Ginger has been used since ancient times. Today, science supports ginger’s numerous properties to:
- Aid Digestion
- Stimulate Appetite
- Support the immune system
- Reduce inflammation
- Suppress Nausea
- Help with menstrual cramping
- Stimulate circulatory system
A little of the root chewed stimulates the salivary glands (because of its spicy components, known as gingerols). This, in turn, aids digestion by promoting the production of digestive juices. Chewing a little bit may also help sore throats.
Drinking ginger tea after meals may help to relieve gas and bloating. Because of its ability to stimulate circulation, a cup of ginger tea can also help to warm the body up on a cold day (this is best achieved combined with cinnamon). Ginger tea may also be helpful for colds, especially if a cough is present, and may be helpful with menstrual cramping.
To make ginger tea: 1-2 tbsp, peeled and freshly chopped or grated ginger (alternatively, 1 tsp. of ground ginger may be used). Pour a cup of boiling water over the ginger, steep for 10-15 minutes, and strain. If a weaker cup of tea is desired, use less ginger or more water, or pour an additional cup of boiling water over the already strained ginger. In general, a stronger brew of ginger tea will better activate its properties. The hot tea may cause a bit of sweating as ginger can act as a diaphoretic when taken hot.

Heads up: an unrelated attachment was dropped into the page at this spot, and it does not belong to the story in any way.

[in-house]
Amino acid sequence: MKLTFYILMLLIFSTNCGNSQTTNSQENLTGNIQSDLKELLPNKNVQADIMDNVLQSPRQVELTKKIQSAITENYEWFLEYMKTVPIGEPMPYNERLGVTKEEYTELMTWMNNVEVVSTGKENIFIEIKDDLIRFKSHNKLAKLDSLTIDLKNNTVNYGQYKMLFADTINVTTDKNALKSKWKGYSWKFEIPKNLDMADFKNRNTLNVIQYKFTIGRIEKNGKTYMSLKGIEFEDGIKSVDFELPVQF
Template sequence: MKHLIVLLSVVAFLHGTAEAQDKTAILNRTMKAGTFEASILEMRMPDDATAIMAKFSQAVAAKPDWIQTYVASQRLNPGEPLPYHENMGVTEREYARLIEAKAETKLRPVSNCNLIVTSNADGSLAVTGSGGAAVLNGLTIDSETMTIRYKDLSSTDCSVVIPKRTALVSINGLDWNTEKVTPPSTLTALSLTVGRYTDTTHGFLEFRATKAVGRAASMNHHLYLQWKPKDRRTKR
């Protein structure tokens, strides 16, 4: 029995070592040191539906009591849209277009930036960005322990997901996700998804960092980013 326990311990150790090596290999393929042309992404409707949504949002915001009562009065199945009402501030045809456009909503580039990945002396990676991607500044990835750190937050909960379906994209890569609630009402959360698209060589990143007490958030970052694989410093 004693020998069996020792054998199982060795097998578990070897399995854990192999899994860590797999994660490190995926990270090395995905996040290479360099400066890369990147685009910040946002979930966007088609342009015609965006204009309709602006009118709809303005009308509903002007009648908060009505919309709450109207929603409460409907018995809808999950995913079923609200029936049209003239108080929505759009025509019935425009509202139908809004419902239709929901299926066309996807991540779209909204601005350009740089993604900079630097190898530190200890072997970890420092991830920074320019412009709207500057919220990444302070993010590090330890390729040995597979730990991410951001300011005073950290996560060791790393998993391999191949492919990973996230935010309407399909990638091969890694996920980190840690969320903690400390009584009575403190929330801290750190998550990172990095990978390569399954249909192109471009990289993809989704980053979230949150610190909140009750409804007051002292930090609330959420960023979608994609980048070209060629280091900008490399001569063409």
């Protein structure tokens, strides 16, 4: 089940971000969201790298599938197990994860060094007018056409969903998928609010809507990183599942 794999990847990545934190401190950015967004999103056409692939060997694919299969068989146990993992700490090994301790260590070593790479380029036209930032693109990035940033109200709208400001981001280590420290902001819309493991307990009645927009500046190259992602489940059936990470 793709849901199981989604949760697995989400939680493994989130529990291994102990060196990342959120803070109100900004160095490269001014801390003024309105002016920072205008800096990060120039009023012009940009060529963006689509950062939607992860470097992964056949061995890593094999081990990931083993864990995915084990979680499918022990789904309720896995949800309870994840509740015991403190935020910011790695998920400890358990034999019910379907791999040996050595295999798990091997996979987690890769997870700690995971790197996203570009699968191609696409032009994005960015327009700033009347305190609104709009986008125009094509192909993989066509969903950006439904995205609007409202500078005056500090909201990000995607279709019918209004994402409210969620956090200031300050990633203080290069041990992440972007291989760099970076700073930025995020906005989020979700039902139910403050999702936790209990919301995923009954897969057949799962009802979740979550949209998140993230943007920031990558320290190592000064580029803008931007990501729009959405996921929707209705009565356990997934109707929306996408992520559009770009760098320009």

Ginger is found in almost every Chinese dish for its ability to aid digestion – a tradition most likely handed down from Confucius, who ate every dish spiced with ginger. Cooking with ginger will, of course, help with digestion. The root is best used peeled and sliced in cooking.